Transparent’s raw cable on spools. The cable on the right is the newest incarnation of Transparent’s cable geometry; to the left is the old.

Perhaps the most important part of a Transparent cable is the signature feature of the company’s products: the network. This module houses a passive low-pass filter that, Transparent claims, removes frequencies well above the upper limit of human hearing. Once this is done, Transparent says, the cable can then more accurately transmit the remainder of the signal -- the part that falls within the audioband -- and reproduce with greater fidelity the lower frequencies, among other things. After the network is built, it is epoxied into its housing and connected to the cable. The higher the price of a Transparent cable, the tighter the tolerances of the component parts that make up its network.

Clark then told us about the new MM2 upgrades Transparent introduced into their entire line of audio cables in 2008. They made extensive improvements to their filter networks and completely redesigned the connectors on their Reference-level cables. One of the changes they made was to remove the metal housing that covers the solder joint between the wire and the spade or banana plug, replacing it with an acrylic housing. This is done because the metal of the housing seemed to introduce interference to the signal. With the new housing, the "graininess and glare" is now gone, said Clark. Clark told us that, before the MM2 upgrade, he’d never thought any cable could reproduce the natural sound of a brass instrument.

Transparent Audio terminators doing what they do best.

Clark then led us downstairs to Transparent’s world-renowned listening room, where the company tests their cables in various setups to detect any differences in the sound, good or bad. We were to be given a listening session -- Clark wanted us to hear the differences between Transparent’s entry-level and upper-level speaker cables and interconnects. The speakers were a pair of Wilson Audio Specialties Alexandria X-2 Series IIs, and a pair of B&W bookshelf speakers. The electronics comprised a Who’s Who of high-end audio names, including a high-current amplifier from Mark Levinson and a hybrid tube amplifier from Lamm.

Clark began the demo by describing why each musical selection had been chosen and what to listen for. Clark played the first track a couple of times, then stopped the music. Then he, David Schultz and Rich Curole rushed behind the speakers and quickly swapped out cables. That completed, Clark played the track all the way through again, then put the player in Pause, and we discussed the differences. By the time this cycle had been repeated for each track, Jeff and I were able to distinguish individual improvements. In one instance, on a live recording, a female singer’s voice had sounded a bit masked through the Ultra MM cables. With the switch to the new MM2 version of the Reference cables, her voice sounded more natural, with more clarity.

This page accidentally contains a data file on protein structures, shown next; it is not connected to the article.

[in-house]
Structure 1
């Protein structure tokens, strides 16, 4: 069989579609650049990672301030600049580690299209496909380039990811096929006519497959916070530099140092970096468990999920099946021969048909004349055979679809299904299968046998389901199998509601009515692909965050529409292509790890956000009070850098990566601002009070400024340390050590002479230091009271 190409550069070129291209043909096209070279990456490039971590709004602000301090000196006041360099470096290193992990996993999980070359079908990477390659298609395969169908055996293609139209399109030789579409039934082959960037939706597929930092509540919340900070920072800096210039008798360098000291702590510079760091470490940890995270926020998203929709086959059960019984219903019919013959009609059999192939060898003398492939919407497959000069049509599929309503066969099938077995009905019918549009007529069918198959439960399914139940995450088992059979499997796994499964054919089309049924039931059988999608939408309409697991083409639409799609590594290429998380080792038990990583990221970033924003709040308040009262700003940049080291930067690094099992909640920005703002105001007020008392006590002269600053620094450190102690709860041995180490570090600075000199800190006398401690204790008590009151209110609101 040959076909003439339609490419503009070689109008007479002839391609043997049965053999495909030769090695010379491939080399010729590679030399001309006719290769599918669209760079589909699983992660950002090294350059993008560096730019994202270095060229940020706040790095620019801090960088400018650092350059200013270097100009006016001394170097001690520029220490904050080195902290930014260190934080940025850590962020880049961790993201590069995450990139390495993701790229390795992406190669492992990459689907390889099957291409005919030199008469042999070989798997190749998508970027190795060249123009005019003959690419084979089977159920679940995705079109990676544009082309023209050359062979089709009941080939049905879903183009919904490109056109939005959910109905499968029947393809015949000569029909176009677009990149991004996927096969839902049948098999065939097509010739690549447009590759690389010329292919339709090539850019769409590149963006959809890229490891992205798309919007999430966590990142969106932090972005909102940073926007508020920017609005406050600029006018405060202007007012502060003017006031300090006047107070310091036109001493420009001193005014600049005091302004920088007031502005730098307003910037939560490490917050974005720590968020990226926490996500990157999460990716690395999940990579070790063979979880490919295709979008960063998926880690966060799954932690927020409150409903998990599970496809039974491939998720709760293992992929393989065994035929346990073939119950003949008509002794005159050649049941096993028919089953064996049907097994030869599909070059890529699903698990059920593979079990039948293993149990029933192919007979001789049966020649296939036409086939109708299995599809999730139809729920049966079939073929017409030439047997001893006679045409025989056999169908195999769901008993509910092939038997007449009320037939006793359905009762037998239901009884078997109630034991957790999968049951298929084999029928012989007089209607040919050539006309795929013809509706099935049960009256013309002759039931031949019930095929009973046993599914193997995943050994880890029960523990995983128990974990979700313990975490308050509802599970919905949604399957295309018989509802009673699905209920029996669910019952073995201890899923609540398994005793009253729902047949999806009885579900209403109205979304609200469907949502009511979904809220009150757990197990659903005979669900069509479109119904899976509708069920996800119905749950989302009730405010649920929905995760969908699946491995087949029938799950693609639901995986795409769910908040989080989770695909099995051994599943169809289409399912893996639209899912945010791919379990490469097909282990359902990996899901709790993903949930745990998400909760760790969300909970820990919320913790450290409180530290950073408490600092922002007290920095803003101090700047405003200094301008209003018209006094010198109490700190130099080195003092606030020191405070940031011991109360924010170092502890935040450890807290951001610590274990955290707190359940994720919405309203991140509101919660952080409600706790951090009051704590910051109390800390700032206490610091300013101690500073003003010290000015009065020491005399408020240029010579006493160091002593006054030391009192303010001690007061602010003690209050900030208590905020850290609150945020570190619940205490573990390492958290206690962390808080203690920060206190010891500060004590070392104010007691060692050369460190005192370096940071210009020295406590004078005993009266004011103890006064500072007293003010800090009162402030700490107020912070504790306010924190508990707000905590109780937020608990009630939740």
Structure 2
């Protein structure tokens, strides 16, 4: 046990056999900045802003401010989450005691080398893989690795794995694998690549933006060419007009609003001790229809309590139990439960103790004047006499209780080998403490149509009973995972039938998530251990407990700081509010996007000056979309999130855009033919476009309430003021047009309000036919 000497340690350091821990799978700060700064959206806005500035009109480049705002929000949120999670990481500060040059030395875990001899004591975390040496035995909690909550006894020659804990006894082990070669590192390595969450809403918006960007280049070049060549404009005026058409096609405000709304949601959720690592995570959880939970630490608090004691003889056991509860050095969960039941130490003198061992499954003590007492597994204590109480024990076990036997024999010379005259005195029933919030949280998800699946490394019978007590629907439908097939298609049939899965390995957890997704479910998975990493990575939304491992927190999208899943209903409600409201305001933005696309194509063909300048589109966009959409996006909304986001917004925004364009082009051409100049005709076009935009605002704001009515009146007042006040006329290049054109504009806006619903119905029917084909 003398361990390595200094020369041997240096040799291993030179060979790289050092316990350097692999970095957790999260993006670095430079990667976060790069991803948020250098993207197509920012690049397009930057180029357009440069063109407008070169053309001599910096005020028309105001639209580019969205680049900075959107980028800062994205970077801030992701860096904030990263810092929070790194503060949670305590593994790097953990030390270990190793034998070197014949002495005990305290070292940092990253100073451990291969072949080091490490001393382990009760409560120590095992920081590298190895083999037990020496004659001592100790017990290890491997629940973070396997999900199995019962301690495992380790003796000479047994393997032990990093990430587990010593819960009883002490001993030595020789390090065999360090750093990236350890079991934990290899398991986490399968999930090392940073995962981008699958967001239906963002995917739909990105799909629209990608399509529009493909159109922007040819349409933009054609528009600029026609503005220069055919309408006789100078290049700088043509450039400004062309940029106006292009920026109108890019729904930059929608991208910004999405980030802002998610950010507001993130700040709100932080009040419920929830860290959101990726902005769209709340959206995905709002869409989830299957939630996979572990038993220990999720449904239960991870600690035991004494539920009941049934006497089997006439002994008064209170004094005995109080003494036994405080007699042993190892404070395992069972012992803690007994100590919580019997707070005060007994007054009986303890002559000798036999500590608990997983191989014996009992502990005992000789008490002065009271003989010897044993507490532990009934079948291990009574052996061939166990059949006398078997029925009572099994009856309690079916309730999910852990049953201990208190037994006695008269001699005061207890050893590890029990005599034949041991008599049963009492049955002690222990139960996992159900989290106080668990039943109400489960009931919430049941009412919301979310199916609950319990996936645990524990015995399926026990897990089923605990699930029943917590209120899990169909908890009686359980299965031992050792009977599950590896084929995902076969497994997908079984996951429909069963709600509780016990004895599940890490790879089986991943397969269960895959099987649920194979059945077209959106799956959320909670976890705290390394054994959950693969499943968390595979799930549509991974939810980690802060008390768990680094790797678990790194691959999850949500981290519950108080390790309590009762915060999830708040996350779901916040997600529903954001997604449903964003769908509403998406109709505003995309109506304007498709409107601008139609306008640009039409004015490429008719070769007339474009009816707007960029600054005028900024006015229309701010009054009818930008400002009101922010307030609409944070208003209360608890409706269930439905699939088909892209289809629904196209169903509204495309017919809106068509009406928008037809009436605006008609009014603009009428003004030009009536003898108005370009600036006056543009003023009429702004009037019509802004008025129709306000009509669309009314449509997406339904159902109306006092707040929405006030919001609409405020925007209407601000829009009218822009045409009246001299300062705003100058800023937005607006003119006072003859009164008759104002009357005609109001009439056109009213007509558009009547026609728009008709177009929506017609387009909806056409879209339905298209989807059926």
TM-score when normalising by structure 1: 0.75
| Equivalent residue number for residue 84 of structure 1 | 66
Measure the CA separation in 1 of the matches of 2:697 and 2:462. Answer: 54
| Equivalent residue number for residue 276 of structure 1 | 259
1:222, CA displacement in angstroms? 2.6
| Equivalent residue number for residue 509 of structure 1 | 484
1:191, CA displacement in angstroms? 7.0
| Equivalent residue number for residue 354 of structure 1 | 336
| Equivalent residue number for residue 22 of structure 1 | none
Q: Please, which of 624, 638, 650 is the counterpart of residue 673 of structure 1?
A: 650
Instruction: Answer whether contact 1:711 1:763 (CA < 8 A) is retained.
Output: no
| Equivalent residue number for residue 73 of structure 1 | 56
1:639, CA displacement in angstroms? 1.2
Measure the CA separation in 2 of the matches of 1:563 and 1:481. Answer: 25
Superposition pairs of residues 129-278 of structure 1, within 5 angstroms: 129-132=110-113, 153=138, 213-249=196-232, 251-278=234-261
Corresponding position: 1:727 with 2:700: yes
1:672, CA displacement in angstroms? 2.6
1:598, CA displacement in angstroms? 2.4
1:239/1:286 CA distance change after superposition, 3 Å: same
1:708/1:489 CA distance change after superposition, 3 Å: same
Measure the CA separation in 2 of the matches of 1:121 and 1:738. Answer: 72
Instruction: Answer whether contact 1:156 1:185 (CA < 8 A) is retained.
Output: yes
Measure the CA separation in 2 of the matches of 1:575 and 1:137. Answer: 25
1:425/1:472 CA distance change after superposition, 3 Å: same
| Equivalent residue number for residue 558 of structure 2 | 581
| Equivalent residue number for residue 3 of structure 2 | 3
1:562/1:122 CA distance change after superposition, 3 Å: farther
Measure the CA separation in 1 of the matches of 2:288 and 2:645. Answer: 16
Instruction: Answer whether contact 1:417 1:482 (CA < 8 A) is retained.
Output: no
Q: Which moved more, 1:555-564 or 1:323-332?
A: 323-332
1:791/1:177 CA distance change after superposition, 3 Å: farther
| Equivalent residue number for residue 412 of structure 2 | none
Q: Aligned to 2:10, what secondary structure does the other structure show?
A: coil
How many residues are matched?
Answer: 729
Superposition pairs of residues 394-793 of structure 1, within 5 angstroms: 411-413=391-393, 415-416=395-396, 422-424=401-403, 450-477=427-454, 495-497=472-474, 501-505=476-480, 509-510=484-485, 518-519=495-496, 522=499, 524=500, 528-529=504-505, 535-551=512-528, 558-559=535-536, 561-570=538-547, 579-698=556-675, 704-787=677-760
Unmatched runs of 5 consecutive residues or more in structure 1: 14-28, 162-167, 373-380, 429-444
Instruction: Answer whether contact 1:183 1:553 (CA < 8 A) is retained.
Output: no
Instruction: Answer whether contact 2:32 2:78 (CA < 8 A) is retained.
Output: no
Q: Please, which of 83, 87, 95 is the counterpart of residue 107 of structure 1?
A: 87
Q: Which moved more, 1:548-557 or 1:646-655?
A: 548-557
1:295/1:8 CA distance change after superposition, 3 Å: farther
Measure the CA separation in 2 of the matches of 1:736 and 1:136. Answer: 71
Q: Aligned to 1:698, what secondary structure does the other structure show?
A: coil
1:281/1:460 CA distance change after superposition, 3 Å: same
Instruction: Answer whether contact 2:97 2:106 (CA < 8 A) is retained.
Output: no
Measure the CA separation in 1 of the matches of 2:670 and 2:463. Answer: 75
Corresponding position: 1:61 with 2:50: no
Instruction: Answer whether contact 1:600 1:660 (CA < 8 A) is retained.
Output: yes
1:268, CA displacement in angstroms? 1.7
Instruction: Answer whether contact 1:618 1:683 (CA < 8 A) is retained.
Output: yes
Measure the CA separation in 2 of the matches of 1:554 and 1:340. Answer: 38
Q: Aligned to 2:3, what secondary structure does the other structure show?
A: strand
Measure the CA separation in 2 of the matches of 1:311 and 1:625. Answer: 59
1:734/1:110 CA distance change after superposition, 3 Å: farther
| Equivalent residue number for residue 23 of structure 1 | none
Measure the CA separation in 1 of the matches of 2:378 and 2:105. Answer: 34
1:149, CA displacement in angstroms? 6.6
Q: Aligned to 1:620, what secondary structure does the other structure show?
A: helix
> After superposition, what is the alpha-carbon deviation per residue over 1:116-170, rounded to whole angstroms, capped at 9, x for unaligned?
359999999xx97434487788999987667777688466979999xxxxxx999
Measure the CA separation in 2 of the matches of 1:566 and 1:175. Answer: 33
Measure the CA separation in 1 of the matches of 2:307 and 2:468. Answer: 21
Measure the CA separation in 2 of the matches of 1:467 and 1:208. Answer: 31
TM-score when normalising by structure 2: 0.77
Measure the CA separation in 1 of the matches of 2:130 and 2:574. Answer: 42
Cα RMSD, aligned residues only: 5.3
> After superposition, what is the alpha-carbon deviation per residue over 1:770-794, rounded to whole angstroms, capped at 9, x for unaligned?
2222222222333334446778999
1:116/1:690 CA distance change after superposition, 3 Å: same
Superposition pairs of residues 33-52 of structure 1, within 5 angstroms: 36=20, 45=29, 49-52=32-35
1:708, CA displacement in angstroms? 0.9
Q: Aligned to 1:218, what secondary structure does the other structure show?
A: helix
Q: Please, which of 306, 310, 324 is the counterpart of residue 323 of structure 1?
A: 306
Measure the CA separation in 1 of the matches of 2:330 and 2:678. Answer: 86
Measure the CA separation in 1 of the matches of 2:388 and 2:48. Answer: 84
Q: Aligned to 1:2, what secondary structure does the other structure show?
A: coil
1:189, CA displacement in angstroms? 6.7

Clark then swapped out cables again, this time for a comparison of the Reference and Opus lines, the latter Transparent’s top line of speaker cables and interconnects. One 8’ pair of Opus speaker cables costs a mind-boggling $33,000. Again, we heard the same sorts of improvements. With the Opuses hooked up, there were definite improvements: Live music had a touch more life, and the bass felt more detailed, even more dynamic. The soundstage seemed to deepen, and to spread beyond the speakers’ outer boundaries.

Transparent Audio’s listening room features Wilson Audio Specialties speakers and many brands of high-end electronics.

As we wrapped up our eight-hour visit, five of us sat in the comfortable chairs of the large listening room and simply talked about music. Before the session ended, Clark let me experience their home-theater setup, consisting entirely of Wilson Audio speakers. Of course, the Alexandria X-2s were up front, a WATCH center handled the dialogue, a pair of MAXX Series IIs were used as rears, and holding down the fort in a rear corner of the room was an XS subwoofer. I’d never seen an XS in the flesh. Jeff’s wife had told me about the time an XS had arrived at their home, and the trouble they had getting the beast into the house.

Also part of Transparent’s home-theater rig was a Meridian 800 and 861 Reference DVD player and audio processor. The demo scene Clark chose was one I would have picked: "One Hundred Yard Dash," from Pixar’s The Incredibles. It was the single best home-theater demo I’ve ever heard. The Wilsons played big and loud, and the XS sub provided the tightest, deepest home-theater bass I had ever heard. Definitely worth the price of admission.

The Transparent Audio family.

What a great day. Jeff and I had hoped to hit the road to Rockport around 4:30 p.m., but now it was closer to 7. We didn’t relish driving the three-plus hours to Rockport in the snow -- especially in an 18’ truck -- but we didn’t regret the time we’d spent with the people at Transparent. While everyone had their own job to do that day, whether promoting the company or teaching us more about the science and art of making speaker cables, I can’t help feeling we made some new friends. The folks at Transparent Audio are, first and foremost, music lovers. They believe that their science, combined with their execution of it, allow their cables to reproduce recorded music in the home in a way that other cables simply cannot. What a great mission to have.

. . . Randall Smith